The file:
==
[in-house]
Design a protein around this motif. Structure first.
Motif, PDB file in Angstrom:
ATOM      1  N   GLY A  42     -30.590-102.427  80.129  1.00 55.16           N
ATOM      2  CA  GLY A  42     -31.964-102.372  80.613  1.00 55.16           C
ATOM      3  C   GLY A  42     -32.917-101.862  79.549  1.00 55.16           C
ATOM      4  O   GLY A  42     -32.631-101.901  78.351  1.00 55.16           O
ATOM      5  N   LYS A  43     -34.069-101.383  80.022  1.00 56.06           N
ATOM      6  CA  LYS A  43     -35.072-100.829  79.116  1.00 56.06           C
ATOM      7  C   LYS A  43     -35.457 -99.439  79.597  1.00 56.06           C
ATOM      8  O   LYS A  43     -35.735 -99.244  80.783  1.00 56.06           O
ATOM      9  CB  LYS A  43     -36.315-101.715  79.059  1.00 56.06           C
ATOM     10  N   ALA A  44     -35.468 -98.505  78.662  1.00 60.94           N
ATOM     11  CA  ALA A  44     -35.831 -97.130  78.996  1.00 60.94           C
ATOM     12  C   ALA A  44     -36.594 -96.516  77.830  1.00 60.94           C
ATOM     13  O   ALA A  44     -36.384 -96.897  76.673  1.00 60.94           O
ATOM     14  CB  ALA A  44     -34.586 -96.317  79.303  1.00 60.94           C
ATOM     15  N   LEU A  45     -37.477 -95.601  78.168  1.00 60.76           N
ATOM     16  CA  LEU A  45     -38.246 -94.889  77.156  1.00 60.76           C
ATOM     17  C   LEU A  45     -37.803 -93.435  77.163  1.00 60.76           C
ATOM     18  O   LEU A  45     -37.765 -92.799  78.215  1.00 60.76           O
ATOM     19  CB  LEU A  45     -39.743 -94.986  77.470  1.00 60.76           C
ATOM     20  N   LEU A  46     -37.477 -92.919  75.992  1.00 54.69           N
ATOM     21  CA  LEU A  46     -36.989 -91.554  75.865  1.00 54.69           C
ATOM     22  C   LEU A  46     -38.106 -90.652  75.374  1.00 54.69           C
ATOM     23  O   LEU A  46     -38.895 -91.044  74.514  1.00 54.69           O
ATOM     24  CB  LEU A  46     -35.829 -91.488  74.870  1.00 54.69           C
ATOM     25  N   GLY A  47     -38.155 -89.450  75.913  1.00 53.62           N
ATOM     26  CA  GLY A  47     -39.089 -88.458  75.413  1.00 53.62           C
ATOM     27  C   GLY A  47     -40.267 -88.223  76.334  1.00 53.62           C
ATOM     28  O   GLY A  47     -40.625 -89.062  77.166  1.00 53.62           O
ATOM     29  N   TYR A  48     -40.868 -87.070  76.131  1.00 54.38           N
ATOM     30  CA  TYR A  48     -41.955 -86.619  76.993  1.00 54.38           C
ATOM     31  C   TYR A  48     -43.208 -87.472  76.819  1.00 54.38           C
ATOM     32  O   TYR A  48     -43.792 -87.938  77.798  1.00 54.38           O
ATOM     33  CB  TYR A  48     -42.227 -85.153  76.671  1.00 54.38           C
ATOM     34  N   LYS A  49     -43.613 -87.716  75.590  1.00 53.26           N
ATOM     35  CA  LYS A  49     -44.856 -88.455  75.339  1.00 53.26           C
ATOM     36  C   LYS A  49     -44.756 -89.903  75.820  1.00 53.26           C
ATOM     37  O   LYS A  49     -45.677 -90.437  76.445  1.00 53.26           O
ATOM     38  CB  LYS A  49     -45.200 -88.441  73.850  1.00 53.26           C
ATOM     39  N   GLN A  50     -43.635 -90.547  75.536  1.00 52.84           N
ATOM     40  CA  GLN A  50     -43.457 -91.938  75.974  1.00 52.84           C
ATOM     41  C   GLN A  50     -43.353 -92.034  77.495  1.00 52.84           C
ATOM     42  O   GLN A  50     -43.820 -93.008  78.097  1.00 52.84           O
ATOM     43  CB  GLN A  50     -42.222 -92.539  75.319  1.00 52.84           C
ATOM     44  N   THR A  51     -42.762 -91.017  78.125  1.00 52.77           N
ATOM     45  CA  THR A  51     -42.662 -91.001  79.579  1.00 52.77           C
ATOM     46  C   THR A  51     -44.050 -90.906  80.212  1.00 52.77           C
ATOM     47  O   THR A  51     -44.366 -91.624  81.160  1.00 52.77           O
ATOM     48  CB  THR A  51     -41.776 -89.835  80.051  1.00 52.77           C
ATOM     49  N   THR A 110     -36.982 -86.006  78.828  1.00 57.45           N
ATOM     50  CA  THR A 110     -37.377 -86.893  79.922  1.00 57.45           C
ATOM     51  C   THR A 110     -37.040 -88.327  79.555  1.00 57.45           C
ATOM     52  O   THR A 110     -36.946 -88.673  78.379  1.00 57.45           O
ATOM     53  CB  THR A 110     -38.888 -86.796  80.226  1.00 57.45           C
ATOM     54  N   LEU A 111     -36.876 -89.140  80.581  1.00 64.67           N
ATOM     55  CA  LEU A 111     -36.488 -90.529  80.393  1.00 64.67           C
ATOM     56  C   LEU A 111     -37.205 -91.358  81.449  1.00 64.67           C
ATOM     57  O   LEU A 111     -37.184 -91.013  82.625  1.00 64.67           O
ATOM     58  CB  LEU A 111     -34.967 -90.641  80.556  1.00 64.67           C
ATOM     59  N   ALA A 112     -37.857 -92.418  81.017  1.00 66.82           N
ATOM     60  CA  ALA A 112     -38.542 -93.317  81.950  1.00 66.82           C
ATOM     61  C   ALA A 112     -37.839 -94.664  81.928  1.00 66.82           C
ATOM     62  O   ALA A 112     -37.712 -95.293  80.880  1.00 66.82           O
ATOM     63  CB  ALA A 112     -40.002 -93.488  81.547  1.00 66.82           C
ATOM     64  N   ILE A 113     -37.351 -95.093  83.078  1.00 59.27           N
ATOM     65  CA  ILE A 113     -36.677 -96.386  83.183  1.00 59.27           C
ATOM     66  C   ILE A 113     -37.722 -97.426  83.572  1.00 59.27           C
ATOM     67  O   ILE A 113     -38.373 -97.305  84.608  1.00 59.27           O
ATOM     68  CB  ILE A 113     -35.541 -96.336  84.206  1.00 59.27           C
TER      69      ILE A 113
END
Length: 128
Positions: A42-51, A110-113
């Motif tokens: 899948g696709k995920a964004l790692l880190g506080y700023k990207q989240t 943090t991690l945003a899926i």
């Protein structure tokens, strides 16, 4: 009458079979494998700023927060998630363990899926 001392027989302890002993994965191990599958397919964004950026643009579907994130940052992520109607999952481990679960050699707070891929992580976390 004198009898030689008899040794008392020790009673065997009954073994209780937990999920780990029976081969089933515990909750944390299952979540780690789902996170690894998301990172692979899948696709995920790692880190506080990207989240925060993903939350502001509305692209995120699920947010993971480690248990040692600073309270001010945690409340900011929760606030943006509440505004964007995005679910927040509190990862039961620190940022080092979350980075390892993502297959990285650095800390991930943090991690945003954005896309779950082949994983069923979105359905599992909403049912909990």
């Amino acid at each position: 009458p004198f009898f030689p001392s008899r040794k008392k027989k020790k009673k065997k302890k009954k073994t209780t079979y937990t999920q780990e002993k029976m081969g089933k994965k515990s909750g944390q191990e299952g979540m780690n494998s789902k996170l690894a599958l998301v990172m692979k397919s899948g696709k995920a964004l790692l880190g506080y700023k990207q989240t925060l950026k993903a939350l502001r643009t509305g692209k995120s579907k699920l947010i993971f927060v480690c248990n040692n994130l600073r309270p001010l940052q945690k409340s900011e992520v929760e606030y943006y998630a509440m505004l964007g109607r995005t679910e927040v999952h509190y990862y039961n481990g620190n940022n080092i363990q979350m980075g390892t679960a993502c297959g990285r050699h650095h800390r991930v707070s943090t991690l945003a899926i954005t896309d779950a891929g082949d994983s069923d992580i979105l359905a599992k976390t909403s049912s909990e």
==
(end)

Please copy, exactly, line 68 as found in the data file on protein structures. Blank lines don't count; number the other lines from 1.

ATOM     65  CA  ILE A 113     -36.677 -96.386  83.183  1.00 59.27           C